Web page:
The December 2014 meeting of the board of Minnesota Housing in the midst of the holiday season was brief. The board discussed staffing updates and the governor’s budget, as well as reports on bond sales in 2014 and the Agency's annual risk profile.
Staffing and budget updates
The Commissioner told the board that she was moving ahead in filling the three vacant assistant commissioner positions. Long-term Agency employee, Kasey Kier, started the week of the meeting in her new role in leading the Agency’s homeownership programs. For the Agency’s rental programs, Wes Butler will start January 5. Wes held a similar position for the City of Minneapolis. For the last of the hires, the assistant commissioner for policy, Tingerthal said that she expected to commit the position to a candidate by the end of December.
Tingerthal told the board that much of her time recently had been spent in preparing materials for the FY 2016-17 budget. She added that the governor will face tough choices in winnowing the requests of state agencies for new resources; the new requests stand at three times the amount of Minnesota's current budget surplus. On January 27, the governor will be announcing his budget proposal to the Legislature, which determines final agency budgets during the 2015 session.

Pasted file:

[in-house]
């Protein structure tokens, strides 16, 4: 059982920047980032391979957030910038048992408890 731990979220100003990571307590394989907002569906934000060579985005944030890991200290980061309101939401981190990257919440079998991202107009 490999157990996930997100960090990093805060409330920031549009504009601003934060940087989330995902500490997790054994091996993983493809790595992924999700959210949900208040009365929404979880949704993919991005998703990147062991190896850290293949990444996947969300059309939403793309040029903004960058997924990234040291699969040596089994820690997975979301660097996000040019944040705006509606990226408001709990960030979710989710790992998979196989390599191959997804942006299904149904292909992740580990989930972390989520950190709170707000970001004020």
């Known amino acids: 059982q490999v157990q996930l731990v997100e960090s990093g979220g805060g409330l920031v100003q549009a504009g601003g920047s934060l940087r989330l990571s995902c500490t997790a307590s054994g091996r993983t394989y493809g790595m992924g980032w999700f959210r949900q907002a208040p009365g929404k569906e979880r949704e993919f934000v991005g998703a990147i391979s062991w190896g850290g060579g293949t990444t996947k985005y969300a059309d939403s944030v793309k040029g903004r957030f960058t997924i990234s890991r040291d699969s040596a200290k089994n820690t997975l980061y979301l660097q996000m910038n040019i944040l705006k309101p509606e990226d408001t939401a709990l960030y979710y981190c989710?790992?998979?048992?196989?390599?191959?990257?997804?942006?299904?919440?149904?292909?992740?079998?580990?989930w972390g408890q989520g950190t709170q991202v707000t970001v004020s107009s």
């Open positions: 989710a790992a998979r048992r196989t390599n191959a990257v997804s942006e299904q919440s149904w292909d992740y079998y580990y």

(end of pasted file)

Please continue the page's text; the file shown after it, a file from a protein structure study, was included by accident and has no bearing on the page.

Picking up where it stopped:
Bond sales and annual risk profile report
The board heard a report on Agency bond sales. In 2014 bond sales included $436 million in single-family bonds and another $60 million for multi-family housing. These totals put the Agency among the top state housing agencies in terms of volume of financing. Tingerthal said that bonds were now being sold at extremely low interest rates, in large part due to international turmoil and continuing Federal Reserve efforts to keep long term rates low. With Agency bond interest rates at about 3% (and mortgage rates starting at 3.25%), this is an excellent time to buy a home, she said.*
The Agency also received its annual report on its risk profile. Essentially, the Agency retains a very low risk profile, with most risk, such as the volatility of interest rates, outside of Agency control. One internal risk concern was the significant turnover of long-tenured leadership employees.
*MHP note: Here's how Agency bond sales and mortgages are related, in simplified form: the Agency sells bonds to investors (ie. on Wall Street), and then uses the money received from the bond sales to purchase mortgages. The mortgages carry a slightly higher rate than the Agency must pay on the bonds, which is how the Agency generates revenue.